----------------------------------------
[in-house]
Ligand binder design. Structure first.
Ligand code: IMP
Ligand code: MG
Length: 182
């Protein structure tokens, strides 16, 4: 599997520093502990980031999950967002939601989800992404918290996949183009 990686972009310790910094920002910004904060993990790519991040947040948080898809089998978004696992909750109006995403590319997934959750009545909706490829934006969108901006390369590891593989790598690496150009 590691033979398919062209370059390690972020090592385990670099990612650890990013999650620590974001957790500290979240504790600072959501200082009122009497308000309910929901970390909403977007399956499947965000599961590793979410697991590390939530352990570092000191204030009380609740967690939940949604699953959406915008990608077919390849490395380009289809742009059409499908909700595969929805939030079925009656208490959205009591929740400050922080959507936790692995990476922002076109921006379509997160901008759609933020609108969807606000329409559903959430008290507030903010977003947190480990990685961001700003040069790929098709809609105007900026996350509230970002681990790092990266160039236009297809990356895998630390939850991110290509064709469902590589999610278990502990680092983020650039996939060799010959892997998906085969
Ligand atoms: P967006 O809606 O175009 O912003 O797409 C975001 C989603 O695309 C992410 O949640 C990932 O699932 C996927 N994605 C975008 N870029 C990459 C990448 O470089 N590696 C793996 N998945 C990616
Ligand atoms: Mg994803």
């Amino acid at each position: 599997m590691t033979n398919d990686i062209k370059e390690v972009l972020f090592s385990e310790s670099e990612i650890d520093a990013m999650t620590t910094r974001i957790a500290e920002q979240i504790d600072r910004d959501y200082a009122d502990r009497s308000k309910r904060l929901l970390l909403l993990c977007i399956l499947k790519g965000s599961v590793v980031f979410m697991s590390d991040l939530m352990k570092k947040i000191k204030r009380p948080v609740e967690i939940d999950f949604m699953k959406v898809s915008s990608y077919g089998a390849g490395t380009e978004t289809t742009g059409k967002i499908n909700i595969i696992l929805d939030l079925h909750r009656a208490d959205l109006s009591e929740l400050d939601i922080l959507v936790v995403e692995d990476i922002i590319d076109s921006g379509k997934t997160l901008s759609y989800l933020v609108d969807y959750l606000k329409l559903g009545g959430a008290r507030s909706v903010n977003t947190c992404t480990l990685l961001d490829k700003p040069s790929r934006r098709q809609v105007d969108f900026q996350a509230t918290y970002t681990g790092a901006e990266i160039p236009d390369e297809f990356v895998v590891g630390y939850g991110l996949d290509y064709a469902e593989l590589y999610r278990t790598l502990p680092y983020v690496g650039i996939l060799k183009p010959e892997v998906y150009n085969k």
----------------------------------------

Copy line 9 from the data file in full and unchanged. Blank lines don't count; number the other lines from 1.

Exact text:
């Amino acid at each position: 599997m590691t033979n398919d990686i062209k370059e390690v972009l972020f090592s385990e310790s670099e990612i650890d520093a990013m999650t620590t910094r974001i957790a500290e920002q979240i504790d600072r910004d959501y200082a009122d502990r009497s308000k309910r904060l929901l970390l909403l993990c977007i399956l499947k790519g965000s599961v590793v980031f979410m697991s590390d991040l939530m352990k570092k947040i000191k204030r009380p948080v609740e967690i939940d999950f949604m699953k959406v898809s915008s990608y077919g089998a390849g490395t380009e978004t289809t742009g059409k967002i499908n909700i595969i696992l929805d939030l079925h909750r009656a208490d959205l109006s009591e929740l400050d939601i922080l959507v936790v995403e692995d990476i922002i590319d076109s921006g379509k997934t997160l901008s759609y989800l933020v609108d969807y959750l606000k329409l559903g009545g959430a008290r507030s909706v903010n977003t947190c992404t480990l990685l961001d490829k700003p040069s790929r934006r098709q809609v105007d969108f900026q996350a509230t918290y970002t681990g790092a901006e990266i160039p236009d390369e297809f990356v895998v590891g630390y939850g991110l996949d290509y064709a469902e593989l590589y999610r278990t790598l502990p680092y983020v690496g650039i996939l060799k183009p010959e892997v998906y150009n085969k």